Tuesday, November 1, 2016

Activism and the Youth Vote

What questions do you have about this election? 

I want more information regarding Hillary Clinton’s “email controversy,” including answers to the following questions. What was in those emails? Can she be persecuted for this issue? Is she still under investigation?   

What makes you want to vote? 

One year ago, after attending a ceremony called the Oath of Allegiance, during which I swore my loyalty to this country, I was handed a large enveloped by an immigration officer that included a signed letter by the president of the United States congratulating me for my efforts in becoming a citizen, a brand-new certificate of naturalization, and, most importantly, instructions on how to register to vote, with a pamphlet that explained my rights as a new voter. In other words, a year ago, after ten years of living in this country as legal resident, I became a citizen and was finally given the opportunity to vote. Becoming a citizen was a truly significant event in my life, not only because I was finally allowed to participate in this nation’s elections, but, since I moved to this country before I turned eighteen, it also meant that this year would be my first time voting at all.

Another reason that I’m excited to vote this year is the fact that a woman is among my options for the presidency. As a woman, it makes me truly excited to imagine another woman in this position of power; I think it shows how far we have come in terms of gender equality. Nevertheless, I also understand that there is much still to be done to advance gender equality, and my hope is that having a woman as a president will result in more proactive efforts in reducing gender inequality.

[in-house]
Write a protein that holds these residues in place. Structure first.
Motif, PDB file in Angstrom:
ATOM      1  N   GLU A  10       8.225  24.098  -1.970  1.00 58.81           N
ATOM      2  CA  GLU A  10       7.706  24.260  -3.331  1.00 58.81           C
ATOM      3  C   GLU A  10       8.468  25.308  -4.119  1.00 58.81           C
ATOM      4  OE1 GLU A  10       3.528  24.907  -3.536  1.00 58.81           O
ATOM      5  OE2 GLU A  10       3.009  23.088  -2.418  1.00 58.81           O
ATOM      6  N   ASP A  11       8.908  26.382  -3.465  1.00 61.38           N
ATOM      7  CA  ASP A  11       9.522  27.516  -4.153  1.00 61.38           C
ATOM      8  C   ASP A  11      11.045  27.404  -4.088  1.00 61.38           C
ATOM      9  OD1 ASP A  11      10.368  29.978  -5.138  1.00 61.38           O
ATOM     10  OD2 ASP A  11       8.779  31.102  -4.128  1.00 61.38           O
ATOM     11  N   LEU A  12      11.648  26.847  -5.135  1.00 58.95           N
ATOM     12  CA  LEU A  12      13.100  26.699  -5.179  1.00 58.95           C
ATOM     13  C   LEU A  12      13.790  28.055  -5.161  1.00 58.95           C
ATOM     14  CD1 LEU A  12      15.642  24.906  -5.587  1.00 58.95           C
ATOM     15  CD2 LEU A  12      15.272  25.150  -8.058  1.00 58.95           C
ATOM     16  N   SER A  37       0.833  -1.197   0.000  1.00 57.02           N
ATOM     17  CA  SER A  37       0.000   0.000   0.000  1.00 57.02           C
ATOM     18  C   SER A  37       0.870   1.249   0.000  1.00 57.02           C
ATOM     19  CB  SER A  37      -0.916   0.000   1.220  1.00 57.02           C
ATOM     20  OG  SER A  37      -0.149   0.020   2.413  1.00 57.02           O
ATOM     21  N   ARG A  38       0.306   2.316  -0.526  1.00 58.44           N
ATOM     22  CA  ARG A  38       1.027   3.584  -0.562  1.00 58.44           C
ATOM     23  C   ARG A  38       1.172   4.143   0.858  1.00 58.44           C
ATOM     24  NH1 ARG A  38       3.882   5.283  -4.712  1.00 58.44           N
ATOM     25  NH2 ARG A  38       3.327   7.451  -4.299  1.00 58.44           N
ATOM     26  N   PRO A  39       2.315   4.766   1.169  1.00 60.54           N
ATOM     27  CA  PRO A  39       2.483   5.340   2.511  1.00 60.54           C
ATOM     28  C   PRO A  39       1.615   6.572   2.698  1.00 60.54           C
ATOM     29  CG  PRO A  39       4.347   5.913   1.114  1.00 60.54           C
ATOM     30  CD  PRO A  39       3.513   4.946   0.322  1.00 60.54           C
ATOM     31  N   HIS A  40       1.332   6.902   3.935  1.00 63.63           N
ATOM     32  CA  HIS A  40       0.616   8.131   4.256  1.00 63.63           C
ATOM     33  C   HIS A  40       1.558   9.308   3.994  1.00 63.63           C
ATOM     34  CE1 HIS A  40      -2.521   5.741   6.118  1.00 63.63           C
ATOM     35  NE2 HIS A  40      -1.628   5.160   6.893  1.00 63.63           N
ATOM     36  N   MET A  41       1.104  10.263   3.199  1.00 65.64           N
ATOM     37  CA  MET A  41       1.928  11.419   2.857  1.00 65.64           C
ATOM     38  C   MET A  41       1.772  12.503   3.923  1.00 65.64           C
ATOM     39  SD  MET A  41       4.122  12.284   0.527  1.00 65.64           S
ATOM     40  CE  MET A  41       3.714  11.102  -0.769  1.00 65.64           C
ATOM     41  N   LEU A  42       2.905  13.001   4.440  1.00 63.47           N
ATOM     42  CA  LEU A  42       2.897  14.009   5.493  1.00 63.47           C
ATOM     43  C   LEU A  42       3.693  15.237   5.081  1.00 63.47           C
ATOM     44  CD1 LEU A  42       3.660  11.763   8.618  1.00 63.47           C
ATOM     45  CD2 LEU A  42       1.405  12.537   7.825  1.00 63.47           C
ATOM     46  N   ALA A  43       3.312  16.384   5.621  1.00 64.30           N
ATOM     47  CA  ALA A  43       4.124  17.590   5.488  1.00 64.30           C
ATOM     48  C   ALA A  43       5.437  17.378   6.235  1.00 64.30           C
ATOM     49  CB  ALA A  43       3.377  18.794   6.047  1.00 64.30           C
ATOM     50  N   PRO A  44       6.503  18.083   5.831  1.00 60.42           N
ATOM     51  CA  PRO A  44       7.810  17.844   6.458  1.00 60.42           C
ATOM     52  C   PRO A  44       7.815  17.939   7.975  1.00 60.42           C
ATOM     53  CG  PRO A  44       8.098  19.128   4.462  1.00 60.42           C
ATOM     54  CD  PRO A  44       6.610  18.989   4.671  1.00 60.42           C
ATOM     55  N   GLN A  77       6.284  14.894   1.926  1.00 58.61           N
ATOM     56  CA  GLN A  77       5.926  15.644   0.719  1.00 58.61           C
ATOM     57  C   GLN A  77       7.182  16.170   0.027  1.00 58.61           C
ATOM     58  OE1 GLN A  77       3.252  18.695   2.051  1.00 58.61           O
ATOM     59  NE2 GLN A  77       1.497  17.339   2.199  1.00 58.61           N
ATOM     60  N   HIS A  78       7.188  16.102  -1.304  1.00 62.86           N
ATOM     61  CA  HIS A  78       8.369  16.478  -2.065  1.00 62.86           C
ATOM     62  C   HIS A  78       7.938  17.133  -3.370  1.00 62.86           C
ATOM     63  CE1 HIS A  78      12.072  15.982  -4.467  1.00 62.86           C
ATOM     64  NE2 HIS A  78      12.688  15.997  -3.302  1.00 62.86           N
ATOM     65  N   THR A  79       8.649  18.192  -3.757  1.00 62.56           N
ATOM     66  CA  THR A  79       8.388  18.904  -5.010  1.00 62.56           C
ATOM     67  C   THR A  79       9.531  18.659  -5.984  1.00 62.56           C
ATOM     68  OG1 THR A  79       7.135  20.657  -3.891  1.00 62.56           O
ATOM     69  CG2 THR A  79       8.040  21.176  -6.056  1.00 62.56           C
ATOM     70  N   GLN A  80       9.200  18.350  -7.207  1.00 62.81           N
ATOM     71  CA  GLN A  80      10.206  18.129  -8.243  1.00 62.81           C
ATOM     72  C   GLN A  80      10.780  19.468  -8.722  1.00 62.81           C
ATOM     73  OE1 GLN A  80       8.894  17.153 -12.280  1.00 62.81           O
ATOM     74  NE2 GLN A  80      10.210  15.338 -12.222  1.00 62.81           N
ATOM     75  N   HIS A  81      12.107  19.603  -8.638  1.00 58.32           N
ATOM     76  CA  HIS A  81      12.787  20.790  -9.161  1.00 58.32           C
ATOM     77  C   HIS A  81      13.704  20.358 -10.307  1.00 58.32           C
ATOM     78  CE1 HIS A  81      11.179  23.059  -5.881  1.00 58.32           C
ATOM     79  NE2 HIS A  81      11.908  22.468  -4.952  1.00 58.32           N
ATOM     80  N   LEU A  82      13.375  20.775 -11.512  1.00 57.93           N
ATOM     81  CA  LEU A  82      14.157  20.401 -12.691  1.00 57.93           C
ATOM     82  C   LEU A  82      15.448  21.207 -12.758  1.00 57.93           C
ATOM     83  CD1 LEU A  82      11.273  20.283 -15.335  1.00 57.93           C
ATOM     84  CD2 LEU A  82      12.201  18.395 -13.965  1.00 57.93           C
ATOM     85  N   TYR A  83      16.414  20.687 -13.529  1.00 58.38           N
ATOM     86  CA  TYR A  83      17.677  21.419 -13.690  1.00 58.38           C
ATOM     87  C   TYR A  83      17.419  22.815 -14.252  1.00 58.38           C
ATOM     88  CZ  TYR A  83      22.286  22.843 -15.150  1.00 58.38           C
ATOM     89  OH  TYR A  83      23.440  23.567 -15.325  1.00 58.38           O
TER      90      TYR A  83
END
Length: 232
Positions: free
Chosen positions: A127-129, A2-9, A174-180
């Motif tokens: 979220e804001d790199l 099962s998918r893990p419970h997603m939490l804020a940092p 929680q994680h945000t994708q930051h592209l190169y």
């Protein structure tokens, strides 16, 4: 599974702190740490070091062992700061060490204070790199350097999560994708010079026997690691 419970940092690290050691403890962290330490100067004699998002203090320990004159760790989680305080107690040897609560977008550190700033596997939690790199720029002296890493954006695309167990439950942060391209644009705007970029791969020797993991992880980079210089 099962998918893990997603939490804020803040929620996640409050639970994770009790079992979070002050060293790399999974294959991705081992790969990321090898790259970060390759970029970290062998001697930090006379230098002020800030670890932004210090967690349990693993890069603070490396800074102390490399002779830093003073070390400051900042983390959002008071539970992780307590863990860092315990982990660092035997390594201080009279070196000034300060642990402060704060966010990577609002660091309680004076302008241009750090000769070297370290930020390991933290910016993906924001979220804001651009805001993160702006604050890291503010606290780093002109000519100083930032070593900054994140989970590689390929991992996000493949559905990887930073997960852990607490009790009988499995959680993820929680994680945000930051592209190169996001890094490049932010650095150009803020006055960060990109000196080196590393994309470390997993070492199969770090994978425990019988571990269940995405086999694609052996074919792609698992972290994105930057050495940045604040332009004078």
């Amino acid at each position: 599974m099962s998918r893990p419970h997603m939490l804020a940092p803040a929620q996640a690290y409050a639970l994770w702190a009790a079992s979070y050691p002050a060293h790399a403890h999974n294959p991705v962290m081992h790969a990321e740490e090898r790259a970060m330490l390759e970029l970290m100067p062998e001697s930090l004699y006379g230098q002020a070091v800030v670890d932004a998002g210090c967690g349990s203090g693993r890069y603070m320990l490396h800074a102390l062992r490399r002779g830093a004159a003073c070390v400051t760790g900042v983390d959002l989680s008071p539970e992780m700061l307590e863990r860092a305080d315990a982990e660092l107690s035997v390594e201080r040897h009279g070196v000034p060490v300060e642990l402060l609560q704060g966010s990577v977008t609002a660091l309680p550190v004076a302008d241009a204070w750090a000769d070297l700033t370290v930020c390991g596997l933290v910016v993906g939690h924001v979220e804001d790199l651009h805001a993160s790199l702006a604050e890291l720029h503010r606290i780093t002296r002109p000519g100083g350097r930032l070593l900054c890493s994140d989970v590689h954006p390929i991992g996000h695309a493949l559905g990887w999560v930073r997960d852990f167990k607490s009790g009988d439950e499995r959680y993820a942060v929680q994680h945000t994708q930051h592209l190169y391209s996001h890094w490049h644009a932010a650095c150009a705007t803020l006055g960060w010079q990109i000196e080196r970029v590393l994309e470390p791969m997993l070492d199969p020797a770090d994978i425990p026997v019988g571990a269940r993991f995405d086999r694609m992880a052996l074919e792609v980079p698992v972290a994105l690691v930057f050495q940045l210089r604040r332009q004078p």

What makes you shy away from the voting booth?

Image result for elections 2016Even though I’m certainly eager to vote this year, I must admit that sometimes I doubt the importance of my vote. I often question whether my vote would actually make a difference, and this thought has often lessened my enthusiasm to vote. However, one quote has slowly changed this belief and steadily restored my interest in voting. As my mom just recently told me, “If you don’t vote, you can’t complain.”

Do you feel well informed about the issues and candidates? 

Unfortunately, due to the large number of responsibilities that I had to juggle this year—a job, school, internship—I’m not as informed as I wanted to be, with regard to this year’s important issues and competing candidates. Nevertheless, I have watched all of the presidential debates and have read some articles regarding this year’s elections.  

Does this election draw you in or alienate you?

Certain aspects of this election have certainly drawn me toward the process, such as the fact that a woman is in the race and that issues of significant personal importance are being discussed, such as immigration and abortion. However, this year a large quantity of controversial information has been uncovered about both candidates, and this alienates me from the election.

My Questions 

1. How much does my vote count?
2. How do you respond to the previous question if a youth asks it or holds the belief that her or his vote does not count, as an excuse for not voting?
3. How can you talk about politics with young people without uncovering your own political bias?


1 comment:

  1. Hi Isa!

    I really enjoyed reading your blog!! I am very happy that you became a citizen and are now allowed to vote. I know that people say that every vote counts, but from what I have been taught, our vote goes towards the presidential "popular vote". The government officials we elect are the votes that count that create the "electoral vote". The electoral vote is the vote that decides who becomes the president of the United States. We will talk more tomorrow in class I'm sure, but I hope I answered your question thoroughly. Great blog!!

    Ryan Ross